KANDAHAR, Afghanistan — U.S.-led forces began a key operation Wednesday in the 9-year-old war in Afghanistan, meeting surprisingly little initial resistance in the district in the south of the country that gave birth to the Taliban.
The offensive to secure Zhari district is part of the last phase of attempting to stabilize the crucial province of Kandahar by the end of this year. The White House plans a December review of its Afghan policy and progress toward its plans to begin withdrawing U.S. troops next July.
At least 4,800 troops — half of them American, half Afghan — are taking part in the operation, military officials said. Three battalions of the 101st Airborne Division, from Fort Campbell, Ky. — plus Rangers, U.S. special operations forces and Afghan troops — moved into the insurgent-held "green zone" of Zhari, a strip of farmland that offers cover for guerrilla fighting.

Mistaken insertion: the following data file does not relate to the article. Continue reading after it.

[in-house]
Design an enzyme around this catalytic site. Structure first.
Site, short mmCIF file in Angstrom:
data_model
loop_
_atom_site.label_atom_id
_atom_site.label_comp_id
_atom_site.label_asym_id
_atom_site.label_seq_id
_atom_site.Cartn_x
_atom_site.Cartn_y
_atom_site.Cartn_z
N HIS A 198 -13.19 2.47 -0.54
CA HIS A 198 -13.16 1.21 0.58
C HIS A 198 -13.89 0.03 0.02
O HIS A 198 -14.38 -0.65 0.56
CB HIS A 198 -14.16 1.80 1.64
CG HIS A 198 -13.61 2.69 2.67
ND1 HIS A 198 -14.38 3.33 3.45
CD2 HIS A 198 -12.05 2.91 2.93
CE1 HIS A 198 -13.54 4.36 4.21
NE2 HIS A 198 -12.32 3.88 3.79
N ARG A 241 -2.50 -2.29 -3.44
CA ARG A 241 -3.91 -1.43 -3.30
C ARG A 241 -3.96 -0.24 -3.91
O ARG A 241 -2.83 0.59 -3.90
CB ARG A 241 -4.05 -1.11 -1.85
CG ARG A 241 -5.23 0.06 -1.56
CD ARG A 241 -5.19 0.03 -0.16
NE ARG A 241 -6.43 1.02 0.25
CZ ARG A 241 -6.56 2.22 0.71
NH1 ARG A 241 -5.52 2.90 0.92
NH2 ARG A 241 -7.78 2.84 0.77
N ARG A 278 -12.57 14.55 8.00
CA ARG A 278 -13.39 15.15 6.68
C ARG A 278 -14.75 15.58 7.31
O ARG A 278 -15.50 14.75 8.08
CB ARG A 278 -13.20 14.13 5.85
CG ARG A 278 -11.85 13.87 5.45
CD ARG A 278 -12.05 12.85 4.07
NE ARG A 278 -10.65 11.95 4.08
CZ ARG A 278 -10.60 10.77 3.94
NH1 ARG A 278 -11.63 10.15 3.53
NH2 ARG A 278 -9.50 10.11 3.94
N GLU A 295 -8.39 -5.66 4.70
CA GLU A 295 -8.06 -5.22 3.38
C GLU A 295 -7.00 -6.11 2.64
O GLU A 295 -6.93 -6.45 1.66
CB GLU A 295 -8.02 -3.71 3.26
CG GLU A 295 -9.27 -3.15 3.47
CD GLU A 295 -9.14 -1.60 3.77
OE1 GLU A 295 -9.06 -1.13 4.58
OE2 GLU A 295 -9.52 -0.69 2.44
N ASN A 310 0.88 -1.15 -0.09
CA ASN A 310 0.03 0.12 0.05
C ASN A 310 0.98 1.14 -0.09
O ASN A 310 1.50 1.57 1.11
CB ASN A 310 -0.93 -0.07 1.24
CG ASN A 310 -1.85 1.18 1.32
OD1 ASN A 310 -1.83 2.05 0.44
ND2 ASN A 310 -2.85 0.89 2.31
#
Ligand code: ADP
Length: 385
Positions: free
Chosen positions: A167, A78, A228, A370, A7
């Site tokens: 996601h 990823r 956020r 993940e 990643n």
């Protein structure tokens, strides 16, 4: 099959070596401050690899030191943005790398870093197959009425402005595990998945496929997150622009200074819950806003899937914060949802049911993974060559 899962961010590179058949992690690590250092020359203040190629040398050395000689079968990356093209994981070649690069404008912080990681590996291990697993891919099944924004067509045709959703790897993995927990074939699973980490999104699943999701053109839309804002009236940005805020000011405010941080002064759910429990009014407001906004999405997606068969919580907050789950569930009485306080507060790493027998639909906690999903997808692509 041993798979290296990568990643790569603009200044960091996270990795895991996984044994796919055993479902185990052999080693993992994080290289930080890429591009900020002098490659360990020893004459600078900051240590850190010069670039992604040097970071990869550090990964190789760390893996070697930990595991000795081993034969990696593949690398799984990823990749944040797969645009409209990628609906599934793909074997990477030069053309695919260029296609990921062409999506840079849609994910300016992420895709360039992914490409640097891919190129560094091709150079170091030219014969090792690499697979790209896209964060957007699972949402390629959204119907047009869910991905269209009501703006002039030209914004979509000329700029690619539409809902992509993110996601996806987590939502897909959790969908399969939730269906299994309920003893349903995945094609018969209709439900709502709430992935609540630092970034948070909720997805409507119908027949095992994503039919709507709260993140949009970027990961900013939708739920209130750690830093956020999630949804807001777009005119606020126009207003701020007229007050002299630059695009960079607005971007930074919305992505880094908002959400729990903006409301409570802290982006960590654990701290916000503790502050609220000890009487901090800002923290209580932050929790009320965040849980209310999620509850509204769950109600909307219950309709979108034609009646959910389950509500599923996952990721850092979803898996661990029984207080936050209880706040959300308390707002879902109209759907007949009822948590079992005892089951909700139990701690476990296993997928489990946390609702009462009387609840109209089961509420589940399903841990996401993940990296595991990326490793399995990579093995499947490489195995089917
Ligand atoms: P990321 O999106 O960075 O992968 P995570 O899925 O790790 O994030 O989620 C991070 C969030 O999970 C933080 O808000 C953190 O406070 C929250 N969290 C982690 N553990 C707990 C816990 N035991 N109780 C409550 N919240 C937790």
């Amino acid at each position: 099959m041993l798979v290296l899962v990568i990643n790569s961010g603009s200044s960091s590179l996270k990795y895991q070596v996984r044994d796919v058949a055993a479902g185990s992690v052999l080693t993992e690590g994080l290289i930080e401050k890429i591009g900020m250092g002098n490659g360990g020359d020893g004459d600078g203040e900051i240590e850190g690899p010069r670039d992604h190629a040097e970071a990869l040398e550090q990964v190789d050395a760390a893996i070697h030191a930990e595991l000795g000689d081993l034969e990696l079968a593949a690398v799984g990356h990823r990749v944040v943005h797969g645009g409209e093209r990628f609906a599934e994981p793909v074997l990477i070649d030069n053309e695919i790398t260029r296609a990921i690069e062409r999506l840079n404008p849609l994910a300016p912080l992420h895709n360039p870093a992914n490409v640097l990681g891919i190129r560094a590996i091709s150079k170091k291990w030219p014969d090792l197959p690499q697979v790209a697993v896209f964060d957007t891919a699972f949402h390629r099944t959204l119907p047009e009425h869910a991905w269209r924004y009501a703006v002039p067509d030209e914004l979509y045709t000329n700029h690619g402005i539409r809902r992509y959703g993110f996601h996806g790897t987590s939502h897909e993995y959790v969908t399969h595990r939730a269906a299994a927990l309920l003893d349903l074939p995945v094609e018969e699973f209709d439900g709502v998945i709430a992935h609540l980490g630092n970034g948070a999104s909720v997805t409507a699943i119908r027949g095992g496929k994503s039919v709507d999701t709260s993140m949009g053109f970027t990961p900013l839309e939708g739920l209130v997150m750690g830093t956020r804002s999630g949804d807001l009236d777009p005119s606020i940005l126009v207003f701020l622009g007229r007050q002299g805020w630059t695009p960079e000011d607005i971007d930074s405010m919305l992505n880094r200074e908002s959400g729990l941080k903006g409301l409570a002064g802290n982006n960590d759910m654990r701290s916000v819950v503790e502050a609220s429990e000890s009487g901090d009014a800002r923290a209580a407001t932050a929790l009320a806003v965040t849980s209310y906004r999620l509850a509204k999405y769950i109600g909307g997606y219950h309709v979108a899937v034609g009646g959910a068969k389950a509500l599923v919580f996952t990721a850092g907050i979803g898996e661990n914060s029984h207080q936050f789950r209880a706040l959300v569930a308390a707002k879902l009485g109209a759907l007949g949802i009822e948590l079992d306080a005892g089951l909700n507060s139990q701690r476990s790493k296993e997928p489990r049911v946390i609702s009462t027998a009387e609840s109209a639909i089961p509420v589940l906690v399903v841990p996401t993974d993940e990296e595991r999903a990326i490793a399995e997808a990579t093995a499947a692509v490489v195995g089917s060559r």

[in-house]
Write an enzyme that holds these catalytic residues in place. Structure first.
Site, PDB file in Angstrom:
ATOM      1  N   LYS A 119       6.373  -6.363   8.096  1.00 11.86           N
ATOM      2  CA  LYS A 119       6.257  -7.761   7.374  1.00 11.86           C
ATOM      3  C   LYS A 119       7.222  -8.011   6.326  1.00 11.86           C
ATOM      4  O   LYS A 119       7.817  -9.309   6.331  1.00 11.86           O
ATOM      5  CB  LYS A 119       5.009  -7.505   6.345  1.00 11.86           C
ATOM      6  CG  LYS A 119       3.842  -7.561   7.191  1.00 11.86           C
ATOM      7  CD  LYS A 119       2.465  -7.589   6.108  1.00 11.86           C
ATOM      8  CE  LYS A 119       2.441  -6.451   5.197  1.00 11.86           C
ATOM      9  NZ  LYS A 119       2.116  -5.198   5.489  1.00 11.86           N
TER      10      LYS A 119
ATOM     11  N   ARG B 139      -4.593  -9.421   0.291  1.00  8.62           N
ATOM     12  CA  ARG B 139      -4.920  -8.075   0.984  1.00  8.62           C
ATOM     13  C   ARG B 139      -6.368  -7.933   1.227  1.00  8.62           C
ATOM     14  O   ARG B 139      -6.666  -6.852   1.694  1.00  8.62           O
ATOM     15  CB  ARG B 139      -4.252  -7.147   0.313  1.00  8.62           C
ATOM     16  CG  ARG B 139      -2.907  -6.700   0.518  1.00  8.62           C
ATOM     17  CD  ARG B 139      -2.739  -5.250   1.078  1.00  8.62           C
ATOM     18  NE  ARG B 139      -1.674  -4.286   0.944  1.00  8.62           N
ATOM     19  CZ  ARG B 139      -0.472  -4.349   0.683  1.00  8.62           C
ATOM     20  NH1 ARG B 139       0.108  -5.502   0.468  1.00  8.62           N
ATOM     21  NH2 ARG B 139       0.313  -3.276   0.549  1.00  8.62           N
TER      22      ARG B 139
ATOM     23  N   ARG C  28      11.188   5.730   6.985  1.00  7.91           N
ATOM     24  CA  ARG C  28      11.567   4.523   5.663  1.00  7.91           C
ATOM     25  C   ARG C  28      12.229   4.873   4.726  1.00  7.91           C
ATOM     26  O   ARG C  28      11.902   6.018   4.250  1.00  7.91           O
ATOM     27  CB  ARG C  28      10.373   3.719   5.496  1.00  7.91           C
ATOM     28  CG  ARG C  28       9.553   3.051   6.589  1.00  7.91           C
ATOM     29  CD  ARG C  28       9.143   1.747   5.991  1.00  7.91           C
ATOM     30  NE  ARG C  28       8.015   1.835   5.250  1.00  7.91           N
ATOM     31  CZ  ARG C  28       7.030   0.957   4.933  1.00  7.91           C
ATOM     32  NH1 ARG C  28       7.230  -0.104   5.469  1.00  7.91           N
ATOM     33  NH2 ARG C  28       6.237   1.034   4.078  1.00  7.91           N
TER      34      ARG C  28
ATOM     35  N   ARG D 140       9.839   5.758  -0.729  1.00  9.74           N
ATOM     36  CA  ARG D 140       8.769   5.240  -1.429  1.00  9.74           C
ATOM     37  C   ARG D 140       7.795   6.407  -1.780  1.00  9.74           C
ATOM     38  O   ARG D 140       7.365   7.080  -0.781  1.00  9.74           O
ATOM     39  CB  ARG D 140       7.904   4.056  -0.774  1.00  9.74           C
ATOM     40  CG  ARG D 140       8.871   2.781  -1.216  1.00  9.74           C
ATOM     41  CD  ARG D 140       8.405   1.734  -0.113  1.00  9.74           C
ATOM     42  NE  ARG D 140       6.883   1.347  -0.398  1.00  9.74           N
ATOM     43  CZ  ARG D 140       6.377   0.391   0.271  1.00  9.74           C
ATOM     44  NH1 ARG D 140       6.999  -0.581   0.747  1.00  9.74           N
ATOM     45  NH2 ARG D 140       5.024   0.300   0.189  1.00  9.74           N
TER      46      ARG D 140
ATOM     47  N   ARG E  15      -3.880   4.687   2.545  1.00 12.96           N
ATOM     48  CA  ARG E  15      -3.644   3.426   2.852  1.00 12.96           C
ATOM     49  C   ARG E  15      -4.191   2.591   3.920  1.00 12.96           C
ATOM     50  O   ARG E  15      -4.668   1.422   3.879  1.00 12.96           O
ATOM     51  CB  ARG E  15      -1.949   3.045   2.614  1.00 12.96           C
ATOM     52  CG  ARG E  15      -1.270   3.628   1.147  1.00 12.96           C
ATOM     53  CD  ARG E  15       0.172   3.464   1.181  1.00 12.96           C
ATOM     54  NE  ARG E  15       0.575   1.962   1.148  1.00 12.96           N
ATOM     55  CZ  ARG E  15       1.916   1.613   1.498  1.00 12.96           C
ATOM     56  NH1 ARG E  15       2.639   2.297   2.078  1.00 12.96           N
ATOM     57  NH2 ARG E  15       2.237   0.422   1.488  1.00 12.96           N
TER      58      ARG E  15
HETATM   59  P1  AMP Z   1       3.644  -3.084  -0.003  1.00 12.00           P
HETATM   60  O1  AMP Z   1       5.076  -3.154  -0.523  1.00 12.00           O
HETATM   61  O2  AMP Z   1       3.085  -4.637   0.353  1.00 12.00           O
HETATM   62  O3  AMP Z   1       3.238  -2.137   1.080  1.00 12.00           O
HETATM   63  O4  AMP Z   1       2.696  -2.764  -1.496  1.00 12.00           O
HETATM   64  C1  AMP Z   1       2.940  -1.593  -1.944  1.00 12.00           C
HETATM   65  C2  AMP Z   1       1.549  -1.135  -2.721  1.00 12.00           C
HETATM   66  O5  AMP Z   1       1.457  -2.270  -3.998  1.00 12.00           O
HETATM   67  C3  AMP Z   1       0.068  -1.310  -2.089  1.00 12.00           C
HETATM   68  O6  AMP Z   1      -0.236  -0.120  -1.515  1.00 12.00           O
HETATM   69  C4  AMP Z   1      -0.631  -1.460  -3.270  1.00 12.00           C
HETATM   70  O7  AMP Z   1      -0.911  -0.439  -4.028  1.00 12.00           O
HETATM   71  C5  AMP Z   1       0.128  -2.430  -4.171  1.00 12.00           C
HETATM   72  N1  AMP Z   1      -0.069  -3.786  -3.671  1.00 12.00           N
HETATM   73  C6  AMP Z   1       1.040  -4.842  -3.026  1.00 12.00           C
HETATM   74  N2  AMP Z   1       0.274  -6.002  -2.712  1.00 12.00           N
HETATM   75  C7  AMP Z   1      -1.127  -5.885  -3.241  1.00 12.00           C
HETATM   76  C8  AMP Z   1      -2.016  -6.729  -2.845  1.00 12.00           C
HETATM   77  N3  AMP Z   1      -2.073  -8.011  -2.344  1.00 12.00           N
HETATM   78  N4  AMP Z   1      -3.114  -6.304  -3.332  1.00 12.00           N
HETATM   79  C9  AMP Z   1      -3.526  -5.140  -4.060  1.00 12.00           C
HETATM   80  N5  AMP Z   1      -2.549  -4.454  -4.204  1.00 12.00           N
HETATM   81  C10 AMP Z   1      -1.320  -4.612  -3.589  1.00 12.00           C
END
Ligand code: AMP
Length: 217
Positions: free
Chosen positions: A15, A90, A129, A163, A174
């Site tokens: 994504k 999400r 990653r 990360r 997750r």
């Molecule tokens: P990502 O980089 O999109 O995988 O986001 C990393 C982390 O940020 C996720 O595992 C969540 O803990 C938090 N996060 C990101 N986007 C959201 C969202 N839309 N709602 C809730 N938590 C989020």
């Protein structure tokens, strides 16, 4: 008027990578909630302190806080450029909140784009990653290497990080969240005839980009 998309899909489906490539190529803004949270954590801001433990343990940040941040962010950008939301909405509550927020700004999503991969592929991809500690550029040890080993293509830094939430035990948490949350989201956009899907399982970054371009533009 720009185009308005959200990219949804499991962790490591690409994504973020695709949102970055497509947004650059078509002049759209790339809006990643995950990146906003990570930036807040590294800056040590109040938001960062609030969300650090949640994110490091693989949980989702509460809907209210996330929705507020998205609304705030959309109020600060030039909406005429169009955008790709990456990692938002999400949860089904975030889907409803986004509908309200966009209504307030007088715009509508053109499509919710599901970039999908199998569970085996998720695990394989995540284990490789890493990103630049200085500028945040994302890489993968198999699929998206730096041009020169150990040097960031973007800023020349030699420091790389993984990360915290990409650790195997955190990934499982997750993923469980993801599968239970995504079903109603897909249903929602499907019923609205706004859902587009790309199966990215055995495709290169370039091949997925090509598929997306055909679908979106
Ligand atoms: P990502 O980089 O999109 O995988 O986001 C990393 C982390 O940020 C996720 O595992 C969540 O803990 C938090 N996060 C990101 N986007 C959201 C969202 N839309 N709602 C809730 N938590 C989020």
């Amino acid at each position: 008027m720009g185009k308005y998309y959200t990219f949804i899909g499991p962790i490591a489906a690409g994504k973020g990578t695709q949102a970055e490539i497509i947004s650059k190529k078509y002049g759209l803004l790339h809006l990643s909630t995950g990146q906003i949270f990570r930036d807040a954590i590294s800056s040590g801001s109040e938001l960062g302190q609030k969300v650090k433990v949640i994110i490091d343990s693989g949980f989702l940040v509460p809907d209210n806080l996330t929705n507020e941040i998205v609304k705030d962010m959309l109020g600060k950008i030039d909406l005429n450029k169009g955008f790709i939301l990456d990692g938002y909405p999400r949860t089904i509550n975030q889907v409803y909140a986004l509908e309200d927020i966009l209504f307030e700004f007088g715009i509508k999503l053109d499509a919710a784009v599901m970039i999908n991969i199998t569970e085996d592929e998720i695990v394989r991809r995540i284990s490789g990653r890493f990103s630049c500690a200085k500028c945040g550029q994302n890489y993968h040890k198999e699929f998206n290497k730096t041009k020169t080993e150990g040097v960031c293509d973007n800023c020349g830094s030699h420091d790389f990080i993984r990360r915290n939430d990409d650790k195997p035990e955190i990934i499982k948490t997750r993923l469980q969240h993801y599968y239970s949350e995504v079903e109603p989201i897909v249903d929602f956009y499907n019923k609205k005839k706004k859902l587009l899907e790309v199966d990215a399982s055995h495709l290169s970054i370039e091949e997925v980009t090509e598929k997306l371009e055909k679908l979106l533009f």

The offensive comes just ahead of Saturday's parliamentary elections, a day that's likely to be bloody, warned the top International Security Assistance Force commander in the south, Maj. Gen. Nick Carter of Britain.
"If it is like last year" — when presidential elections were held — "it will be a very violent day," Carter said in Kandahar. The Taliban "will want to make it violent enough for people to want to stay indoors."
With the American troop surge complete, commanders think that this autumn is the best chance they'll have to take the fight to the insurgents before the United States and its allies begin to withdraw and the strained unity in the international community dissipates. The troops now assembled in Kandahar represent the greatest firepower that the International Security Assistance Force and Afghan forces have ever been able to deploy.
However, it's not clear whether the Taliban will stand and fight in Zhari or will manage to evade the offensive, and the insurgents already have stepped up operations elsewhere in the country where there are allied troops.